By Jon Keller

BOSTON (CBS) – What can we learn from the Kathy Griffin fiasco?

We can re-learn an old lesson, famously taught to us 63 years ago this month by Joseph Welch, a Boston lawyer defending the U.S. Army against accusations of communist infiltration lodged by red-baiting Senator Joseph McCarthy.

McCarthy was ruining reputations and lives with charges that often lacked supporting evidence, and when he went after a young associate in Welch’s law firm, Welch struck back in a moment historians say marked the beginning of the end for McCarthy.

welch mccarthy Keller @ Large: Decency Still Matters

Joseph Welch (seated left) and Senator Joespeh McCarthy (standing right) during the 1954 Army-McCarthy hearings.
(Photo credit: United States Senate Historical Office)

“Have you no sense of decency sir, at long last? Have you left no sense of decency?” Welch said in his historic remarks.

Decency – the basic requirement of respectable behavior.

It’s different from taste or propriety, standards that are routinely violated in our culture without anyone batting an eye.

When Kathy Griffin and her edgy photographer buddy chose to show holding a bloody facsimile of our president’s head, they violated basic standards of decency on multiple levels.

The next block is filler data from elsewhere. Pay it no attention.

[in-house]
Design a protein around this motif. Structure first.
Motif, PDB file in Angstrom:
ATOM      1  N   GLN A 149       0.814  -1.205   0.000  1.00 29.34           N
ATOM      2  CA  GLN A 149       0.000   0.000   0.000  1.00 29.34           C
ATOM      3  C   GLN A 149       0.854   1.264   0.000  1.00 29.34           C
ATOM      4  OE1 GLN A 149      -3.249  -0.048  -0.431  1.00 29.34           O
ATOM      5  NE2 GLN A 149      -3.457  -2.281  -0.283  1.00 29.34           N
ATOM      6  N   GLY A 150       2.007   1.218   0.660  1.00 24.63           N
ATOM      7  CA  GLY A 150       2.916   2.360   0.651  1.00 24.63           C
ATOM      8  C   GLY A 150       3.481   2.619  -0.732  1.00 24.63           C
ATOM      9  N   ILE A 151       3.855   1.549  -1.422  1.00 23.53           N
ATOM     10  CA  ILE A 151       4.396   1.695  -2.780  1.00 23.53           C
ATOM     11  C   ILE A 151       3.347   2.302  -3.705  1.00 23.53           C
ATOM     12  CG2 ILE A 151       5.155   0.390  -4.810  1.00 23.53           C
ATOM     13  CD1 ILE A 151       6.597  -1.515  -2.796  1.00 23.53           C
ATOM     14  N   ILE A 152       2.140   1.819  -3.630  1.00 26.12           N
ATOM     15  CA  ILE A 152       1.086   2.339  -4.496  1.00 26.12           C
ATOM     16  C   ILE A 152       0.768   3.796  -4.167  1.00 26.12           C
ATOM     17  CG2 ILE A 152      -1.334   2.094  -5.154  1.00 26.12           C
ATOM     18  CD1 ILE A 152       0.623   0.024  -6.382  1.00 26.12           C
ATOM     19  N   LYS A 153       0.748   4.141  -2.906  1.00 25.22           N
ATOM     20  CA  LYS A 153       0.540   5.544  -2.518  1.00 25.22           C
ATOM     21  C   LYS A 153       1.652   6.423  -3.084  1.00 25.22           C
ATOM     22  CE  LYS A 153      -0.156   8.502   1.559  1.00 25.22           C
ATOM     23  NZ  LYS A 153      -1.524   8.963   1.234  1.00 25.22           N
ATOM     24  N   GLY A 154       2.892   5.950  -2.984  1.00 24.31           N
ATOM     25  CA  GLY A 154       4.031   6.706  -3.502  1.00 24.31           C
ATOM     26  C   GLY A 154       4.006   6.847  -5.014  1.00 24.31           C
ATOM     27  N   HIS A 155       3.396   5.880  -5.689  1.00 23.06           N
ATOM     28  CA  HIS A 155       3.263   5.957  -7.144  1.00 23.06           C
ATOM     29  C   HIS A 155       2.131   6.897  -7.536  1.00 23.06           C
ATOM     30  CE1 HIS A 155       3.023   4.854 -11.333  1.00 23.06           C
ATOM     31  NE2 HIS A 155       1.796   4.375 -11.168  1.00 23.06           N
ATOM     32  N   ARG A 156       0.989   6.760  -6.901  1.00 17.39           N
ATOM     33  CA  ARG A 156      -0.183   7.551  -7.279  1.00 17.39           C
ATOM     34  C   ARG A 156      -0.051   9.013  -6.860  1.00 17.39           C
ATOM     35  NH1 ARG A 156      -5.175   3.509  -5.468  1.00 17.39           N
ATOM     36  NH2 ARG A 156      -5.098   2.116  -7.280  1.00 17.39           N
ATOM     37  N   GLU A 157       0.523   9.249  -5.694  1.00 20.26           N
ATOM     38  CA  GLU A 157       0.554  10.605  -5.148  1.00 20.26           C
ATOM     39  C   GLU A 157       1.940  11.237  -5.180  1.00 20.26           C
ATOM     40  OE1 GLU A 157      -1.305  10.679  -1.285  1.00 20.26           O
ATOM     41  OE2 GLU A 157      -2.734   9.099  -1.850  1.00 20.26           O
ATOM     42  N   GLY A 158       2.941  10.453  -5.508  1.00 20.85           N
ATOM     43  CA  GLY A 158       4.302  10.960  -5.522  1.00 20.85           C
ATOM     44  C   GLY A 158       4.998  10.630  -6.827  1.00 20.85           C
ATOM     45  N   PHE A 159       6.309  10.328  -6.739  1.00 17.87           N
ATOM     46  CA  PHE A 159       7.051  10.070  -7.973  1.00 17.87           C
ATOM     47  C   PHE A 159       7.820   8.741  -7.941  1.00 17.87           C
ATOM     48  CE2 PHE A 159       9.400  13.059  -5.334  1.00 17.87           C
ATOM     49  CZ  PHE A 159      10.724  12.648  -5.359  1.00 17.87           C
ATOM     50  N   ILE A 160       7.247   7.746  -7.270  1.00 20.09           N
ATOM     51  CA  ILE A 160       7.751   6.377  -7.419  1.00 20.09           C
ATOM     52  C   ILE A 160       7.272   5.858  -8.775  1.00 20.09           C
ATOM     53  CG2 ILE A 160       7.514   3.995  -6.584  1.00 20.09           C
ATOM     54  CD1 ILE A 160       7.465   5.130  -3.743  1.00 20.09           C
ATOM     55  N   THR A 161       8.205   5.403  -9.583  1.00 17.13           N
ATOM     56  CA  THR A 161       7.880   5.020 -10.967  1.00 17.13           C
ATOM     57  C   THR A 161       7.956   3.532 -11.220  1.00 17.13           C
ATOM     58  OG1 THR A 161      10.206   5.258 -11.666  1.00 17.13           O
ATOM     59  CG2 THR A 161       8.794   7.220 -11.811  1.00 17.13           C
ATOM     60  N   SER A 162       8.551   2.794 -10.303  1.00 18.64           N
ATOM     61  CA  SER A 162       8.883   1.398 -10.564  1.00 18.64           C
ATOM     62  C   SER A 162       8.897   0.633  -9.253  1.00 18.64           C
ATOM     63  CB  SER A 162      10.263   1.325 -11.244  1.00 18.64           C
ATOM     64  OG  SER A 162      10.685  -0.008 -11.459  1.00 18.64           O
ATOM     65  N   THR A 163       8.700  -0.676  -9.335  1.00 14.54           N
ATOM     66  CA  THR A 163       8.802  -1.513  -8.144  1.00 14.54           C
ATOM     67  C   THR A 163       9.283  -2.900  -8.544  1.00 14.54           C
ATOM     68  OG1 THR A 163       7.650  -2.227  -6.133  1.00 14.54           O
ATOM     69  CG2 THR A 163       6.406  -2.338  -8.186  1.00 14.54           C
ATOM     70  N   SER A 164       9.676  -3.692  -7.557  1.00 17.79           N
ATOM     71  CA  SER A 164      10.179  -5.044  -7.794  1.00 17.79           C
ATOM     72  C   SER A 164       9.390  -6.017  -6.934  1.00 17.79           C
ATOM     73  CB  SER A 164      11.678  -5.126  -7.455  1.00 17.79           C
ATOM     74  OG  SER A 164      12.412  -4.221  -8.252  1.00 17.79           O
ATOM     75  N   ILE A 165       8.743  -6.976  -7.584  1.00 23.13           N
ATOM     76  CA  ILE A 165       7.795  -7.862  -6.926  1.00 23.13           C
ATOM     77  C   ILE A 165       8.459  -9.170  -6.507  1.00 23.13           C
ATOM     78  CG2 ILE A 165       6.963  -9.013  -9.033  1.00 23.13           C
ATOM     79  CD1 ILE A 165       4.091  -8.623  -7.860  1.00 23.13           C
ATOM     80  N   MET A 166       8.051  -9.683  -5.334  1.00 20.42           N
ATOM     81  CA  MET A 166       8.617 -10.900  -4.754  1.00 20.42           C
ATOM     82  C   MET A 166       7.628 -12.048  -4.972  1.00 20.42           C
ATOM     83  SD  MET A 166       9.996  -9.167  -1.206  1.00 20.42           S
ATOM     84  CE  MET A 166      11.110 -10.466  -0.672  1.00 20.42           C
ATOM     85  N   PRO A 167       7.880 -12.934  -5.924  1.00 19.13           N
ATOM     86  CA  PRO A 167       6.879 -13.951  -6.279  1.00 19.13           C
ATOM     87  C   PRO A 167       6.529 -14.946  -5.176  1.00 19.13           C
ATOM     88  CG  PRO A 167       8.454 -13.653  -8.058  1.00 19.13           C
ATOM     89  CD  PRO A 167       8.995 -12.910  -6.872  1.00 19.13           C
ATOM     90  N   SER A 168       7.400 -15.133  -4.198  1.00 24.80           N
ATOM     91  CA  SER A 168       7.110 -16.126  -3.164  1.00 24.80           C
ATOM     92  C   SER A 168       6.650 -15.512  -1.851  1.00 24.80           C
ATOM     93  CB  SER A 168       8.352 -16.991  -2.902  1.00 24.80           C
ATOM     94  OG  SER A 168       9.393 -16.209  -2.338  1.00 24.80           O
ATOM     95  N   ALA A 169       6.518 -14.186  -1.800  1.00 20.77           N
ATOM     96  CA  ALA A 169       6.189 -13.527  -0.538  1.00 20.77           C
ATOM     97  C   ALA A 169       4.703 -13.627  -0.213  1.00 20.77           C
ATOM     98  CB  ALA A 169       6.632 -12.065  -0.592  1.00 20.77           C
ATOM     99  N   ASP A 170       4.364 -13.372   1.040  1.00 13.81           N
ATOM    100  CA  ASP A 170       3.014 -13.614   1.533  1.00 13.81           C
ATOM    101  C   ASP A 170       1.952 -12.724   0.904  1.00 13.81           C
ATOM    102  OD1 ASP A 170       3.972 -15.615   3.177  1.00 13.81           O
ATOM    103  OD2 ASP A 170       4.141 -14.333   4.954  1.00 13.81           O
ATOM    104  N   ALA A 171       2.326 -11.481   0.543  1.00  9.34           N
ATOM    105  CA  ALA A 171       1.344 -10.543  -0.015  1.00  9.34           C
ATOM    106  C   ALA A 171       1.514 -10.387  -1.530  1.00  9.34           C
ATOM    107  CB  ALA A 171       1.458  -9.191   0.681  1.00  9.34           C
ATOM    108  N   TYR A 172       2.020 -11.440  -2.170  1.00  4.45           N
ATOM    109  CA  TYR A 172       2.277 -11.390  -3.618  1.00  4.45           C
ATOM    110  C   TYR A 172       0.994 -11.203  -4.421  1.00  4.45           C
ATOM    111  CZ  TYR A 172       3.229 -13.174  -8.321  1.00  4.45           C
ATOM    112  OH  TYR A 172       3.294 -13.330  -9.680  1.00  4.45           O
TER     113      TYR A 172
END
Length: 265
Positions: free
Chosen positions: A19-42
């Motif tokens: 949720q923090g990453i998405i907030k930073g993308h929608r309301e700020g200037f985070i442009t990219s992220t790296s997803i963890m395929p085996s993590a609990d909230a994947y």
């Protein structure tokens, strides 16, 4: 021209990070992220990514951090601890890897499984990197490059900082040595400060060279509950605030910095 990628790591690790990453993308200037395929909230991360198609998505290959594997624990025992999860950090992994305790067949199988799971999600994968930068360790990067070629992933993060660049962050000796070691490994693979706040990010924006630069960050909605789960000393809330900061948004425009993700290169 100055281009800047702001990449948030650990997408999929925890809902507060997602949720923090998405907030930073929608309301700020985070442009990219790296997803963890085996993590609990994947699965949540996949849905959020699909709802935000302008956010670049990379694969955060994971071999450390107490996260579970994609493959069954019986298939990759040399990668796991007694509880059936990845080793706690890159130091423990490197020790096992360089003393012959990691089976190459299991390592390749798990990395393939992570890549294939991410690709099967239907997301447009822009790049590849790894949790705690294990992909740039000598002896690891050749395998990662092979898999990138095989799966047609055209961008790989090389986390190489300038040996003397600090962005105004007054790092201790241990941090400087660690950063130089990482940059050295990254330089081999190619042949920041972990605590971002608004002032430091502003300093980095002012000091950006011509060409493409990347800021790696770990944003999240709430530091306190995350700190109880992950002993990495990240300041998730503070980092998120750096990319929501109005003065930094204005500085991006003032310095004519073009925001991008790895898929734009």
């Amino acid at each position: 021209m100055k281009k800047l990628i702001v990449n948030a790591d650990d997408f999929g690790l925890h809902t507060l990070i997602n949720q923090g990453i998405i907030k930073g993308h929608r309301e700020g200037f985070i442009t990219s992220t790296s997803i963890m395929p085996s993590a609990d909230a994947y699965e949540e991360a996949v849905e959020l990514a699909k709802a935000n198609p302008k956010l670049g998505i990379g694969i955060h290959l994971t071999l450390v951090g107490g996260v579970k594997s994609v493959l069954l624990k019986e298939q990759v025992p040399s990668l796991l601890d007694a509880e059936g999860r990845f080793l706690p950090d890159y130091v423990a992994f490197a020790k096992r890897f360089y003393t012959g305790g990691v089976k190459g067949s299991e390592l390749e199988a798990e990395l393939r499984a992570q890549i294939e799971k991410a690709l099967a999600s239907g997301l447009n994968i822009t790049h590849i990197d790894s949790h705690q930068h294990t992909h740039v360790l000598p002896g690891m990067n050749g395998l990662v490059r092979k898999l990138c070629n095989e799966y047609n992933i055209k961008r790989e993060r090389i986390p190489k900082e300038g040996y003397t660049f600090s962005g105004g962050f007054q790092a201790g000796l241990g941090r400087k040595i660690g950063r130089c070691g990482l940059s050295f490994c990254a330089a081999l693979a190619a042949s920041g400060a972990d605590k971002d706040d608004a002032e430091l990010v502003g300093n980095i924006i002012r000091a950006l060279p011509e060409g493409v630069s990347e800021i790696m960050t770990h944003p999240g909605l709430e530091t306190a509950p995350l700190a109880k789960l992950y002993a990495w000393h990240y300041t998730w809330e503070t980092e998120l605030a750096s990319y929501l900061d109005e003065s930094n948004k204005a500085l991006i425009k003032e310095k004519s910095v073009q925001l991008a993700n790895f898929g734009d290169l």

A decent person would never make light of the vicious slaughter of another human being, especially during an era when the most vile terrorists on Earth have made such slaughter their trademark. And no decent person would ever joke about the murder of a president.

Decency matters in a special way.

It is the basic sense of right and wrong that defines humanity at its best, the foundation of our capacity to care about others, what separates the civilized from the uncivilized.

That’s where Kathy Griffin still doesn’t get it.

“I went too far, I made a mistake and I was wrong,” she said in her apology.

No, not just mistaken or wrong – indecent.

And even these days, decency still matters.

Your feedback is welcome via email at, or you can reach out on Twitter, @kelleratlarge.


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